Additionally, these business case papers should not merely be a recap of the events written about in the case study. You need to clearly identify the issue(s) and analyze those issues from the various perspectives (i.e. business, government, society).

As I stated on the conference calls, these case studies were written a few years ago – much has happened with these companies in the real world since the publication of these case studies. I encourage you to do research on the companies, persons, issues, etc. which are being written about and incorporate more timely research findings into your analysis. You might ask yourself:

What has happened to the company? Has it gone out of business? What has occurred with its stock/valuation over the years? What has happened to senior management? What has been the company’s impact on society? How has society reacted to learning about the company’s actions? How has government intervened in these issues? Has new legislation been created because of these issues? What has been this impact? Etc. Note that this list is not all encompassing by can provide you will questions to spur your analysis and critical evaluation of the issues you are reading in the case studies.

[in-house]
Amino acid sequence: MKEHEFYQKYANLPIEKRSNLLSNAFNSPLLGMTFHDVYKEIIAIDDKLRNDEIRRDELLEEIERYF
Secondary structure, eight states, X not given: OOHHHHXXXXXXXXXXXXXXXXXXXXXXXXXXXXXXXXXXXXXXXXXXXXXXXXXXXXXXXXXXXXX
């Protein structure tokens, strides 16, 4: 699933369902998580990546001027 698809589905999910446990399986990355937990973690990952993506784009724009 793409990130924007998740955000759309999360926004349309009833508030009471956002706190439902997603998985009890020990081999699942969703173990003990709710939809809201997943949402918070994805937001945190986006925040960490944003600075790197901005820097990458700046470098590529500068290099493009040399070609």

Please also carefully proofread your work prior to submission to avoid submitting papers that contain spelling, grammar, and syntax errors. There are writing resources available in the library and you can speak with your graduate advisor to find out additional resources if necessary.


Please see resources attached and please follow instructor scoring guide.

Unformatted Attachment Preview